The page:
Permits Issued for Seven-Unit Building at 4937 Chestnut Street in Walnut Hill, West Philadelphia

Credit: Google.View of 4937 Chestnut Street. Credit: Google.

Permits have been issued for the construction of a seven-unit multi-family building at 4937 Chestnut Street in Walnut HillWest Philadelphia. Upon completion, the structure will rise three stories tall. The building will hold 5,569 square feet of space and cost an estimated $200,000 to construct.

Credit: Google.

Aerial view of 4937 Chestnut Street site. Credit: Google.

The new building will replace a vacant lot, the only one of the kind in a nearly fully-intact row of buildings. The property is the location of half of a long lost twin structure, and the other twin has fallen into slight disrepair. Today, the property is essentially a small, grassy lot. The buildings around it are unique and only found in select locations around the city, mostly in West Philadelphia.  Brickwork is used as the primary exterior material on the buildings although the most notable features are the first-floor porches and second-floor balconies that cover the entire front of each building. An attractive cornice sits atop each building.

While it is unlikely that the new building will share a similar exterior to the existing structures previously described, the development should still benefit the block. The elimination of a vacant lot here will improve the surrounding area and raise the maintenance standards on the block, all while adding density to a growing pocket of West Philadelphia. The prominent location is situated on one of Philadephia’s most important transportation arteries and sits just steps away from the Market-Frankford Line where prime transit access is offered.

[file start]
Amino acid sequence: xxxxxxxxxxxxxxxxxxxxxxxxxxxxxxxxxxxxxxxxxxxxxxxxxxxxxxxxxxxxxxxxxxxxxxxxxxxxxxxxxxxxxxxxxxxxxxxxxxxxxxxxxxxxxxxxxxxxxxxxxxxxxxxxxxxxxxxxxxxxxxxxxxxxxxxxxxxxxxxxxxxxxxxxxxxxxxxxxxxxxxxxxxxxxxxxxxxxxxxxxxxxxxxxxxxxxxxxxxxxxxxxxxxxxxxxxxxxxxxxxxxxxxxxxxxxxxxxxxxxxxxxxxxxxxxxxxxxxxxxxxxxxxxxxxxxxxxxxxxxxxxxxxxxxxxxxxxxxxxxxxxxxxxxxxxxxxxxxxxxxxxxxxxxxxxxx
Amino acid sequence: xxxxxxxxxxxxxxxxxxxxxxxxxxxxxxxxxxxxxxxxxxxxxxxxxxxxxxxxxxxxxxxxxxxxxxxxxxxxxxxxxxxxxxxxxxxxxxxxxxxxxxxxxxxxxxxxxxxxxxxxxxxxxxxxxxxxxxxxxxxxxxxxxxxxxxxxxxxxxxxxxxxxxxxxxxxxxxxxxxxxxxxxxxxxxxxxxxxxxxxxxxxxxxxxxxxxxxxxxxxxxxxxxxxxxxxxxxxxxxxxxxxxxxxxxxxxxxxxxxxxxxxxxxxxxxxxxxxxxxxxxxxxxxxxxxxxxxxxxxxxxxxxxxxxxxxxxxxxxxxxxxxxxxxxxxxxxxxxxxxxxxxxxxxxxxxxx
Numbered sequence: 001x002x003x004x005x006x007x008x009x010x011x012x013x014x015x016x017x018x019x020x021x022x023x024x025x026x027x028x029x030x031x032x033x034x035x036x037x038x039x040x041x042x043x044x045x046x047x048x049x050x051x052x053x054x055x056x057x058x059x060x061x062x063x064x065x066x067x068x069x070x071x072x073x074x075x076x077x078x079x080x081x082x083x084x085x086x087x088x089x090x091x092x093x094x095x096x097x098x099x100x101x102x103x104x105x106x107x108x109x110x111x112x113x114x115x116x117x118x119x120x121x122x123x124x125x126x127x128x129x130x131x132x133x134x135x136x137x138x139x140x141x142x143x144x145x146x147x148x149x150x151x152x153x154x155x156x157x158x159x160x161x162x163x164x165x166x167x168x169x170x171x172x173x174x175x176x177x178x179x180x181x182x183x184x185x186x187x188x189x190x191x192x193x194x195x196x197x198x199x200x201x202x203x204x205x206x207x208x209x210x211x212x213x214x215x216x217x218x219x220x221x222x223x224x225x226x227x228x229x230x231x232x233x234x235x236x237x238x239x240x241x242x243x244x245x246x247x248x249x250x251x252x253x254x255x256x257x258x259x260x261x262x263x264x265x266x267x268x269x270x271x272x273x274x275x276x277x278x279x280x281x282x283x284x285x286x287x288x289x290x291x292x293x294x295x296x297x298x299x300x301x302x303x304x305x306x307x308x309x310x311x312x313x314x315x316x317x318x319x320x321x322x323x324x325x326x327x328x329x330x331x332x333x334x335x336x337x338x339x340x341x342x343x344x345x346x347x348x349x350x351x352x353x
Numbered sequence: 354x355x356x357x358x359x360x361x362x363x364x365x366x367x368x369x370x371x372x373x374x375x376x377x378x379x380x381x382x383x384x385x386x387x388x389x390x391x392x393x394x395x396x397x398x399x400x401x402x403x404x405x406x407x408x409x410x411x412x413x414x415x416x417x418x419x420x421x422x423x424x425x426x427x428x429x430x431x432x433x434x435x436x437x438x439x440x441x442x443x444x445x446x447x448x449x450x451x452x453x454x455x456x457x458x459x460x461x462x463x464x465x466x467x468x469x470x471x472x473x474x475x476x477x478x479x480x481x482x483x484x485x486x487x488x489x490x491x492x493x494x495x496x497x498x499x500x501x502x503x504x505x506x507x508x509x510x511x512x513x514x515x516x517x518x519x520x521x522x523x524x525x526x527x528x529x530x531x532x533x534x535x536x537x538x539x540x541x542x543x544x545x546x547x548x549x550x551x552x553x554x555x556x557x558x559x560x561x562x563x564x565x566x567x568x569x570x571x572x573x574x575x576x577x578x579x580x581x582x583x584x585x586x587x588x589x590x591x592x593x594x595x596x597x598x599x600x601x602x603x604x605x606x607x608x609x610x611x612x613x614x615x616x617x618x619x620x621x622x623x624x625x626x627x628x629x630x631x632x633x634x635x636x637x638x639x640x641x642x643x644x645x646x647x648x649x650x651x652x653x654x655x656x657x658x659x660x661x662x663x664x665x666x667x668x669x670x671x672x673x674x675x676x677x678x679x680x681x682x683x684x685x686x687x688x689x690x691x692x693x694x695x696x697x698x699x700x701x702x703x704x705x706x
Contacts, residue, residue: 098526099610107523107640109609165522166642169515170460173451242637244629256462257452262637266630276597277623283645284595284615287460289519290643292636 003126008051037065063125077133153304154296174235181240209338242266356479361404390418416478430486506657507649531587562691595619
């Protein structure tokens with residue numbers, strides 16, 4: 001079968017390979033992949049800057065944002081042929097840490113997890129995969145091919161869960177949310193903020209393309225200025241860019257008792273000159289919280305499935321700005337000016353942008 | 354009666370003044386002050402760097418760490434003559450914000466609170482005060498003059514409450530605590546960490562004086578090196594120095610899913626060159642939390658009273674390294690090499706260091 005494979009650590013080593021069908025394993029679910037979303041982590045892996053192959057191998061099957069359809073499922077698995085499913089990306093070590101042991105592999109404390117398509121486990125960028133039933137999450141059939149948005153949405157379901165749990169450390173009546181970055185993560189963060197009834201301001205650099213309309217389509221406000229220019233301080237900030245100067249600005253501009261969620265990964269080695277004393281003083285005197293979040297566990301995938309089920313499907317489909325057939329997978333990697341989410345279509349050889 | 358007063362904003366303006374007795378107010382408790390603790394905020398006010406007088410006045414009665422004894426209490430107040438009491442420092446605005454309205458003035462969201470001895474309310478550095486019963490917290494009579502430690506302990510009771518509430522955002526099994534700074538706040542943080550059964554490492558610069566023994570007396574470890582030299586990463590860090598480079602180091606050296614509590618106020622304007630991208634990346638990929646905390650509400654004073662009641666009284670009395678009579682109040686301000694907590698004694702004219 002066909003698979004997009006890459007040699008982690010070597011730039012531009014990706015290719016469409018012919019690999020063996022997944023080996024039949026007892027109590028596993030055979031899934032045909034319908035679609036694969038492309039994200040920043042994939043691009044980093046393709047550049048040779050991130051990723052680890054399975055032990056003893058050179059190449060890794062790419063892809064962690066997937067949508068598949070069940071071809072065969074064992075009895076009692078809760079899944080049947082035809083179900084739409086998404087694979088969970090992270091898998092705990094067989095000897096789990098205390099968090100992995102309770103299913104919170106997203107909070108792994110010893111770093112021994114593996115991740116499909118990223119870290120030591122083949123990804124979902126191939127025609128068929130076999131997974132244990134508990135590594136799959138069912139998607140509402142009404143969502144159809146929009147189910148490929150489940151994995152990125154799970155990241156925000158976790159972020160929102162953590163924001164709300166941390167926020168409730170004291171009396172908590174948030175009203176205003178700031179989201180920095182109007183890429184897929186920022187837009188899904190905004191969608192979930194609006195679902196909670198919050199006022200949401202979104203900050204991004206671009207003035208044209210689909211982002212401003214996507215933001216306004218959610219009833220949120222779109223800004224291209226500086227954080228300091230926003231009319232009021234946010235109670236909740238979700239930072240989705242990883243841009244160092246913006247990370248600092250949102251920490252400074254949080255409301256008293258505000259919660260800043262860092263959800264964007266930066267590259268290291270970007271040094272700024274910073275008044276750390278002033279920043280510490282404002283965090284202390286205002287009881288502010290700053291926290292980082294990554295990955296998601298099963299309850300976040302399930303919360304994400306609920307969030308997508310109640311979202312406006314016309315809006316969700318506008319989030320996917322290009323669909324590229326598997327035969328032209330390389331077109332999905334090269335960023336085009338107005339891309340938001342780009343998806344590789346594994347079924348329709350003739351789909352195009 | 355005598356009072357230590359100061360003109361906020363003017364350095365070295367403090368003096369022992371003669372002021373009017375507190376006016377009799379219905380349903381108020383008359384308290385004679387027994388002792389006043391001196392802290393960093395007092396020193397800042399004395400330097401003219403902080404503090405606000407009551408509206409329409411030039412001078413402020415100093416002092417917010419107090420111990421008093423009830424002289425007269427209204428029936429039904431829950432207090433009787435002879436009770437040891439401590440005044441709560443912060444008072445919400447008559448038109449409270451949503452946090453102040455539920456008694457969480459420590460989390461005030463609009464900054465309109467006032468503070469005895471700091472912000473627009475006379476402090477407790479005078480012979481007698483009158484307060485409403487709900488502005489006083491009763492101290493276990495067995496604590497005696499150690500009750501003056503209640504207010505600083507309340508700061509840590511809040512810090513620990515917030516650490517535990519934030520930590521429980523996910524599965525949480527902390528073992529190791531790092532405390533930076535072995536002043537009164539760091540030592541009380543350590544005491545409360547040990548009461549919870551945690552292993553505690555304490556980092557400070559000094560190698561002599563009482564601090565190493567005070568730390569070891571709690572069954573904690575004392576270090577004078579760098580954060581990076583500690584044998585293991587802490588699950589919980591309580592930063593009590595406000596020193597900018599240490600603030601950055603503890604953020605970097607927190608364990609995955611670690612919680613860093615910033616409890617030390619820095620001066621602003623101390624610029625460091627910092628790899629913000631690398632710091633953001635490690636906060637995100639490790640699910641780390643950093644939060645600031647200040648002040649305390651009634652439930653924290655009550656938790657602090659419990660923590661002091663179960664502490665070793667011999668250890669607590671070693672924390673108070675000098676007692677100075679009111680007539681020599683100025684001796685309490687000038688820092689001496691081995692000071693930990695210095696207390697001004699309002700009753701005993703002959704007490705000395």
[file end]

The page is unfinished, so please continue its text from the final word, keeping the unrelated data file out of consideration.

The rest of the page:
No completion date is known for the project at this time.

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1 Comment on "Permits Issued for Seven-Unit Building at 4937 Chestnut Street in Walnut Hill, West Philadelphia"

  1. It is okay to say that additional housing will benefit the block more than a vacant lot while the new building will likely stick out like a sore thumb, provide zero outdoor space for tenants, and not respect the lightwells of its neighboring building. The building that had been on this lot was only demolished in Summer ’18.

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